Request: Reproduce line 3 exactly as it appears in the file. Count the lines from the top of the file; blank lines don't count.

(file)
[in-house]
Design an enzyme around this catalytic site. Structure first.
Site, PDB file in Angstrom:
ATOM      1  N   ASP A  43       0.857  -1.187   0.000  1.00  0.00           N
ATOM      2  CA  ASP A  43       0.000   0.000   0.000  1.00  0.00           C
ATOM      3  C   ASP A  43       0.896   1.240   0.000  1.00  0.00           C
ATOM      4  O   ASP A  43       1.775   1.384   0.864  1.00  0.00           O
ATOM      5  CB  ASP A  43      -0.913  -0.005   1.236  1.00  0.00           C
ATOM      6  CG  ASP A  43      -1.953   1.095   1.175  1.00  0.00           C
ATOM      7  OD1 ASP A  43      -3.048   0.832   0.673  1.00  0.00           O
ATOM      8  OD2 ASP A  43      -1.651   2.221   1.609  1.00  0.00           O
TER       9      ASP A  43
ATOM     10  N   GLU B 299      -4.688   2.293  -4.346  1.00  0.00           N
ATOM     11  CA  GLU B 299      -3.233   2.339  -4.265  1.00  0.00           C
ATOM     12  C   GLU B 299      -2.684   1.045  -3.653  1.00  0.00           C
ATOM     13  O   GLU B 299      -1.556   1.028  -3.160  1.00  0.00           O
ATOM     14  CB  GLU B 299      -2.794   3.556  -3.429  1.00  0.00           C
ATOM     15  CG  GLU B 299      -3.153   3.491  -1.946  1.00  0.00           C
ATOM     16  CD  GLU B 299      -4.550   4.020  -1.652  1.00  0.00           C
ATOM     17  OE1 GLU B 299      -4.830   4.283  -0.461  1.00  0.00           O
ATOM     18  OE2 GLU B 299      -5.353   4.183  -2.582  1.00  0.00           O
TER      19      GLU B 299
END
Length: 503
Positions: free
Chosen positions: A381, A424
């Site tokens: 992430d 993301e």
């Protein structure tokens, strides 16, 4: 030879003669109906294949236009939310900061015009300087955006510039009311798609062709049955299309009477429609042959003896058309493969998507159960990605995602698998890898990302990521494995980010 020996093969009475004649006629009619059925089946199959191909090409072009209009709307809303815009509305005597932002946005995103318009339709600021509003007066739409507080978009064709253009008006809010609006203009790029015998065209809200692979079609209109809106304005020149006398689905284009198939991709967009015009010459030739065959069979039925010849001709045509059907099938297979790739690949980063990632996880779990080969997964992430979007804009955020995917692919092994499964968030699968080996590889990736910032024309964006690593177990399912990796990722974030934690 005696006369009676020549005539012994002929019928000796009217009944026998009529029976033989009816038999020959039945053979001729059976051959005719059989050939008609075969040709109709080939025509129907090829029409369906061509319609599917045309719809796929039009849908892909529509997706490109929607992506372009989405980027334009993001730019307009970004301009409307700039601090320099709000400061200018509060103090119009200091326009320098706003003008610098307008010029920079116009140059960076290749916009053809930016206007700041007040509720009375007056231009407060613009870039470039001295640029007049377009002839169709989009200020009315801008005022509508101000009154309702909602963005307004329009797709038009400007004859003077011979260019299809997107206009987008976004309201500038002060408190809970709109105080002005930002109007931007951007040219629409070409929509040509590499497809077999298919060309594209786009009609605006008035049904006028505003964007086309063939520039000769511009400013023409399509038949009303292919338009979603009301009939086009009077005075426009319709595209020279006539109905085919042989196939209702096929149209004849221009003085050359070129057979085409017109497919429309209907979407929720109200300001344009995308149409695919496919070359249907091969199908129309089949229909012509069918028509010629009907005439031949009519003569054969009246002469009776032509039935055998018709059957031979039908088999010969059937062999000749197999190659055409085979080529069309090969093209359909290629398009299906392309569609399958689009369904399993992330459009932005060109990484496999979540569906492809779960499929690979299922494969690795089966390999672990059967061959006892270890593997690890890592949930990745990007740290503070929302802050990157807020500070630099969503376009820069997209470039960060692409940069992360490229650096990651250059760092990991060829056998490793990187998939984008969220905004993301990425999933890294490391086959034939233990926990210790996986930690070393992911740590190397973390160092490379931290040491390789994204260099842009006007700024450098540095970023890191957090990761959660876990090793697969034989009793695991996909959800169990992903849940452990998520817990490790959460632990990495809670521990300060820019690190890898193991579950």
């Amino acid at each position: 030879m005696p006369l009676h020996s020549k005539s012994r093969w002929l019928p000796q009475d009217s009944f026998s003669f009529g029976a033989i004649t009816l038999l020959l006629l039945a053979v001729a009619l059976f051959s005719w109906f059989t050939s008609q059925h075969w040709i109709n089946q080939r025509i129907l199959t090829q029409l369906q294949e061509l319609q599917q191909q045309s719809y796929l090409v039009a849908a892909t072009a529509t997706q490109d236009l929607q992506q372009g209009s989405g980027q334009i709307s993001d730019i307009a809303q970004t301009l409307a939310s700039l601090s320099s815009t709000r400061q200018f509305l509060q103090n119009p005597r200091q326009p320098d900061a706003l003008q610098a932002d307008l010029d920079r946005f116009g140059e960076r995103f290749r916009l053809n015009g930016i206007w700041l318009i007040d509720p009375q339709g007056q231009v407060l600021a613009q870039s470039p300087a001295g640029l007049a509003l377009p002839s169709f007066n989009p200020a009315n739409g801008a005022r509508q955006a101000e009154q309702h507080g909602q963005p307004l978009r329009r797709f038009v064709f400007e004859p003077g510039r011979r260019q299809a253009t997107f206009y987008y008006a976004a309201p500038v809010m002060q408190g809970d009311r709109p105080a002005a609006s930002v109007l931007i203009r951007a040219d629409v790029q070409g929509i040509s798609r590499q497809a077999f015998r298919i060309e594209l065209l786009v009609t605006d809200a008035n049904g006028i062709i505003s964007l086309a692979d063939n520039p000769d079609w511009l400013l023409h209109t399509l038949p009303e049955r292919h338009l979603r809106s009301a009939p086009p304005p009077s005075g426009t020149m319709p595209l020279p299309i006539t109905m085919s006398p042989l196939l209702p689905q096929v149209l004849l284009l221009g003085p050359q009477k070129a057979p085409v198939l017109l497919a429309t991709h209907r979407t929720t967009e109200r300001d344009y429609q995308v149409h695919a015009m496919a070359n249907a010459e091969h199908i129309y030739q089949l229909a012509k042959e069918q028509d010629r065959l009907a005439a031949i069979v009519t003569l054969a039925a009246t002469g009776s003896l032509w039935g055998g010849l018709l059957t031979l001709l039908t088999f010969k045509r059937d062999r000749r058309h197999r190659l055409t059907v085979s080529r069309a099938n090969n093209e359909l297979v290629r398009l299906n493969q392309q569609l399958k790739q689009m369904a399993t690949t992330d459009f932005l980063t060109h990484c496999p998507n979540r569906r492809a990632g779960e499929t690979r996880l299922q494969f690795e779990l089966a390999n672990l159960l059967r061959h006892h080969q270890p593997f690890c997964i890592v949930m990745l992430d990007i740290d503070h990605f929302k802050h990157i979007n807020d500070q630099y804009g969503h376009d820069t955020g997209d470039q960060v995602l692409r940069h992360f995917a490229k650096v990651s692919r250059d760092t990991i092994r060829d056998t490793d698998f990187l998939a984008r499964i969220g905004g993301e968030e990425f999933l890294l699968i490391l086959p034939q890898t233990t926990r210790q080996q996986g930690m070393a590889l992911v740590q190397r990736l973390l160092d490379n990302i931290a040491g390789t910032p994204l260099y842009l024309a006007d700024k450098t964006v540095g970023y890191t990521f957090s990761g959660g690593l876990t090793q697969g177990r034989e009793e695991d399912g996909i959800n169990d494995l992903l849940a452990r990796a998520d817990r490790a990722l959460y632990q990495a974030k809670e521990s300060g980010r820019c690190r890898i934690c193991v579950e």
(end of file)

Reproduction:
Site, PDB file in Angstrom: